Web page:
Cheiranthera linearis: is a member of the Pittosporaceae family and was previously known as Cheiranthera cyanea.
Cheiranthera linearis is a small shrub that usually reaches a height of 30 centimetres. Sometimes, when growing beside other plants the stems will elongate and twine around its neighbour.
Narrow linear leaves are less than four centimetres long. The flowers are carried in clusters. Each cluster contains from two to five flowers. The blooms are an eye-catching blue. Yellow anthers are prominent and have a finger-like appearance. This feature has given rise to the common name: Finger Flower. Spring and summer are the flowering periods.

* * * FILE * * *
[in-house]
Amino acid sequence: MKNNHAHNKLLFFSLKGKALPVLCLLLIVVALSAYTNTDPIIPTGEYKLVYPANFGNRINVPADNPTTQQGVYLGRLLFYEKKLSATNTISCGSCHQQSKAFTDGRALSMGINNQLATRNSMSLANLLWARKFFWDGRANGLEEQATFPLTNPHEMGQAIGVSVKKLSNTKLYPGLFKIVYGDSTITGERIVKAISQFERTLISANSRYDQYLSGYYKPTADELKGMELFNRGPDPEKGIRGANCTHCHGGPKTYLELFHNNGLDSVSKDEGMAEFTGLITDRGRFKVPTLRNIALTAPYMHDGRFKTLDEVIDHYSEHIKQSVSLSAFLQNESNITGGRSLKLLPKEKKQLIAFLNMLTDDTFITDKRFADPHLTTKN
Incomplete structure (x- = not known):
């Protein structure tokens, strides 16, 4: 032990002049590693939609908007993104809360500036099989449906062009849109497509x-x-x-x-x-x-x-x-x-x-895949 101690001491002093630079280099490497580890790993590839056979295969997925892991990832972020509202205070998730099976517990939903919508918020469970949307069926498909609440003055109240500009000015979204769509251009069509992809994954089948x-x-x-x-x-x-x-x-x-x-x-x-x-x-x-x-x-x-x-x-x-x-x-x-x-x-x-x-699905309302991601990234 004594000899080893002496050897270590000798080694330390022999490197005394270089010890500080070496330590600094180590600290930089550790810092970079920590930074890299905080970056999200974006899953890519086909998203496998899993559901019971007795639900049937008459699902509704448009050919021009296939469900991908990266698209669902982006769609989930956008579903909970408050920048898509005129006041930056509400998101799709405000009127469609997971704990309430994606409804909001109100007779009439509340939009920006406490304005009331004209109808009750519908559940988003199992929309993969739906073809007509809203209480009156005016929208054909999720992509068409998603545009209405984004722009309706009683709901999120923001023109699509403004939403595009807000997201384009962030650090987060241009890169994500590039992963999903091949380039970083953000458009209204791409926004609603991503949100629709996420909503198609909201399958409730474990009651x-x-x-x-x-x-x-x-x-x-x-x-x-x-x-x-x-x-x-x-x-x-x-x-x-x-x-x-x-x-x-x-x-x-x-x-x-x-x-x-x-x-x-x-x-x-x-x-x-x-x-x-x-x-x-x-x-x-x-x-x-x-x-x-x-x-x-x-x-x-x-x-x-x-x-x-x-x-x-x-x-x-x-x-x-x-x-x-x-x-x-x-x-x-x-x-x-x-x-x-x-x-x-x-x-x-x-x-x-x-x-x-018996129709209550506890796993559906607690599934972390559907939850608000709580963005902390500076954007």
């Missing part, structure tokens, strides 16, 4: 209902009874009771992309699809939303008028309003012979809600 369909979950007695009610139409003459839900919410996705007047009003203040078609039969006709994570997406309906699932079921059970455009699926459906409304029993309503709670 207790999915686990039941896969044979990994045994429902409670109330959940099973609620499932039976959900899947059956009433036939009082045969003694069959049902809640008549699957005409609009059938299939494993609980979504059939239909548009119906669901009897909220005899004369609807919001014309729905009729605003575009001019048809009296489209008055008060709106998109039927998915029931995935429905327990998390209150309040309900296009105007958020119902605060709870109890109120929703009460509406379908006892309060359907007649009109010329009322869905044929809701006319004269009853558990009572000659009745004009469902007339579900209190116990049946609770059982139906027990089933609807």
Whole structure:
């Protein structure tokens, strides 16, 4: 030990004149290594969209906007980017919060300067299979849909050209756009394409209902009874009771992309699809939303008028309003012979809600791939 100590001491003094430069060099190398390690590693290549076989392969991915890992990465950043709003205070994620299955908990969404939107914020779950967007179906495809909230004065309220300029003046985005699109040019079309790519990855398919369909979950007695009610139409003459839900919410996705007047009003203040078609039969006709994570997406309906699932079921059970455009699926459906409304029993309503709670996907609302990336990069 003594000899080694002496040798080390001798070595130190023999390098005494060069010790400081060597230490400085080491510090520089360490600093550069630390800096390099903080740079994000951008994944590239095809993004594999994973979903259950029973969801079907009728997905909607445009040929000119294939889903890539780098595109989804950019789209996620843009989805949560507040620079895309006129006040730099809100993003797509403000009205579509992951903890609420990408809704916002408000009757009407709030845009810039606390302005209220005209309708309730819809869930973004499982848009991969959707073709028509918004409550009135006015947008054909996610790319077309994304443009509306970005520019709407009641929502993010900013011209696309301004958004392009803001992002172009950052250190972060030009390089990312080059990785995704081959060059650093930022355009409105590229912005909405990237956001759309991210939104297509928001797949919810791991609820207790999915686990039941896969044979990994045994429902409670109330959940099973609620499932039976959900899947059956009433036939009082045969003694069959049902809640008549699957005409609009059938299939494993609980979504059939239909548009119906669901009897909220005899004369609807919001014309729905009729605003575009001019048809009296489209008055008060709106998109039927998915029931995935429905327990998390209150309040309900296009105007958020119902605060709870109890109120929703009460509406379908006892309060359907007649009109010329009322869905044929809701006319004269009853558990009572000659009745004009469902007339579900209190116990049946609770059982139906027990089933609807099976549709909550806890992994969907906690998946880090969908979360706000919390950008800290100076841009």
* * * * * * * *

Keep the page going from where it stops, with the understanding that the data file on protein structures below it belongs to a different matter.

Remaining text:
Cheiranthera linearis is widely distribute but not common. The species occurs in New South Wales, Victoria and Queensland.
The specimen illustrated is in a roadside population west of Yallaroo. The photo was taken in December 2007.
Cheiranthera linearis is a beautiful small shrub that has great horticultural potential and would be an ideal addition to native cottage gardens and rockeries. The intense blue flowers are an outstanding feature.
Seed may take many weeks to germinate so cuttings would be the best method of propagation.